Me: His brain is different from other brains, and sometimes it doesn’t work exactly the way he needs it to work. The medicine helps with that, but it doesn’t completely fix it. The way his brain works is called AUTISM. He’s not the only one. Lots of people have AUTISM.
Miss Bee: (without skipping a beat) It’s too bad we can’t go on The Magic Schoolbus and go inside his brain and make it work. Then he could talk. And he wouldn’t have to take medicine.
Me: Maybe sometimes he wants his brain to work like everyone else’s brain, but the AUTISM also makes him special in a lot of ways. Like how he is really good at computers. And how he makes such amazing art.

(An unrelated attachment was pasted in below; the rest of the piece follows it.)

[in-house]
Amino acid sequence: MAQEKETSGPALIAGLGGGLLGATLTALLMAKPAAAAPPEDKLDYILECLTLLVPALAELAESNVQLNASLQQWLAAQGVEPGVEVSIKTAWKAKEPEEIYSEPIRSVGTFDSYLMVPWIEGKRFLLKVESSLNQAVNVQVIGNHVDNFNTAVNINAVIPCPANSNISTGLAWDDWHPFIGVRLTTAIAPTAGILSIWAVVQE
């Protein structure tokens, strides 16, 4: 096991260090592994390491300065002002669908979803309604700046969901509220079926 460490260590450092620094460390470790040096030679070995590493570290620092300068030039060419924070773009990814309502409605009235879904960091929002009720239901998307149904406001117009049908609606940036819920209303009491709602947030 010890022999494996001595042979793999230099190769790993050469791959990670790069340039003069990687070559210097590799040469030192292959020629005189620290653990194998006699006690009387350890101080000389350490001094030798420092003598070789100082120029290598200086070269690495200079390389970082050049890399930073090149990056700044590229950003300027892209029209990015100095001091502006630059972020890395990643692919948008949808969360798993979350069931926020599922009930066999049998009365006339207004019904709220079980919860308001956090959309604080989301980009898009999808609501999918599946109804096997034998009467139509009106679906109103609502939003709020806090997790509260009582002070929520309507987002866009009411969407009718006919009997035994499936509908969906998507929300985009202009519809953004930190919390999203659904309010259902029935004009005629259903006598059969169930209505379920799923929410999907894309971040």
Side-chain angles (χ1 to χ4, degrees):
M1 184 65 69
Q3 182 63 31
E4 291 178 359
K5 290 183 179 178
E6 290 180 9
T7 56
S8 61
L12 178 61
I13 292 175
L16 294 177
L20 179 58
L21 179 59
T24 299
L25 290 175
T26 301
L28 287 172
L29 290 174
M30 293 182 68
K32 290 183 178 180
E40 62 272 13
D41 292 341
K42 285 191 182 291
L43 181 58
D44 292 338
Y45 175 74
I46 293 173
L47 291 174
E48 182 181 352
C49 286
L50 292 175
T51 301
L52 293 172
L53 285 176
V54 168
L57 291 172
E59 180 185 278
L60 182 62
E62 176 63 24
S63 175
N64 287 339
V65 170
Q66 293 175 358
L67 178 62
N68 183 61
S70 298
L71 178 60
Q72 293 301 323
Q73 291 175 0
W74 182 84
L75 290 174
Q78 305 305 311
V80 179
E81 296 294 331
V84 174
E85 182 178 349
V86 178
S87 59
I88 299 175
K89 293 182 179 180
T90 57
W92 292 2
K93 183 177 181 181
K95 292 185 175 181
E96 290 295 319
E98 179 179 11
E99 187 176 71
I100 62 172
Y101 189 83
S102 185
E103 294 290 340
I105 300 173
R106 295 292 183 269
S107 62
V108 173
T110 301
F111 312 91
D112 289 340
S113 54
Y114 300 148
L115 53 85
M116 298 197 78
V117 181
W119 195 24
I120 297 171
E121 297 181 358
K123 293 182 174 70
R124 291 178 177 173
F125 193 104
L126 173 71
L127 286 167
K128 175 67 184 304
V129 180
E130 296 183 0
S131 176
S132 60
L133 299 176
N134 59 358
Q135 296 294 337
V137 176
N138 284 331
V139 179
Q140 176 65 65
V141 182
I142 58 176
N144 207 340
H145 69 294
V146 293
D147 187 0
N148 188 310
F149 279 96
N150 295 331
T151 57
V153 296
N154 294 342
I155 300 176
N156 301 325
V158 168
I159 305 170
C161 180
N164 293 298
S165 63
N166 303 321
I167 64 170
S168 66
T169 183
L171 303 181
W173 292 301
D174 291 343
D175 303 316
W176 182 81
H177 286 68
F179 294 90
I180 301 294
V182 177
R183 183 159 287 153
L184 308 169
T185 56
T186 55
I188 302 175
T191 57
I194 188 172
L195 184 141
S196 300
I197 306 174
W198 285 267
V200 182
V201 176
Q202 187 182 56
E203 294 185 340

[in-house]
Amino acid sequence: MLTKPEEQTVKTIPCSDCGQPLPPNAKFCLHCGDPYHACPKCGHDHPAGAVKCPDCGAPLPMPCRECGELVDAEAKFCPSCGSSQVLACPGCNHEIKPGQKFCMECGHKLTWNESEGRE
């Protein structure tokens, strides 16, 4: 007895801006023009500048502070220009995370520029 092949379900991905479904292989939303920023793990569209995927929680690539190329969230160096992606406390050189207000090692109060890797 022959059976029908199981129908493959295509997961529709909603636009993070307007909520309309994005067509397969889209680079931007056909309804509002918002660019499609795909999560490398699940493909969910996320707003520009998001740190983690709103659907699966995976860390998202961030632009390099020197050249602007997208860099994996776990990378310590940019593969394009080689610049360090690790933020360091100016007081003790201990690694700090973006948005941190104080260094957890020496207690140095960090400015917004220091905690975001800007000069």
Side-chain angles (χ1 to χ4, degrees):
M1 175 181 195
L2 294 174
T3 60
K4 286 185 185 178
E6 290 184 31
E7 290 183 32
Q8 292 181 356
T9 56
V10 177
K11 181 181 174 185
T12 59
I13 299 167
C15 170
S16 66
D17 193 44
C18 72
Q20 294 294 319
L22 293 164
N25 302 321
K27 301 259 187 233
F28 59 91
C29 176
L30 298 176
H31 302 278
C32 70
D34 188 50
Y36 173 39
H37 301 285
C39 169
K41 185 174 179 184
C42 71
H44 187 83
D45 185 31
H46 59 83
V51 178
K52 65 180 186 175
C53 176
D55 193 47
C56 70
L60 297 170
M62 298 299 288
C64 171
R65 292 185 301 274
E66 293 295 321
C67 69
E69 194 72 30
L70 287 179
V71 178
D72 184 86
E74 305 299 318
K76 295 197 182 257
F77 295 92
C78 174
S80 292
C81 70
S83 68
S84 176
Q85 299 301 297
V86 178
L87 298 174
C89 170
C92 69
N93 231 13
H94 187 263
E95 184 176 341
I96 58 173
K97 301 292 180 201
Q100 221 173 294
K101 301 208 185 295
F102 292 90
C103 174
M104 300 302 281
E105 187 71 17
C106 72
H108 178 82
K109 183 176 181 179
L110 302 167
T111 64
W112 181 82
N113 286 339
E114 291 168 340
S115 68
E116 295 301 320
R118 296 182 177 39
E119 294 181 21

Miss Bee: Yes. Maybe we could call The Justice League to have Batman go inside his head and give him a Brain Zap. He could zap it and my brother could talk and not take medicine, but he wouldn’t zap the computer parts. Or the art parts.
Me: Hmmm… (debating a philosophical discussion with a six year old…)
Miss Bee: Can I have some chicken nuggets?
That’s enough #AutismAwareness for one afternoon.
Forty years ago we did not see people with autism in the community, because most of them were locked behind walls of institutions from an early age. Today, they are living in our communities, which are also their communities, and teaching us all exactly what they have to share with the world. That’s progress.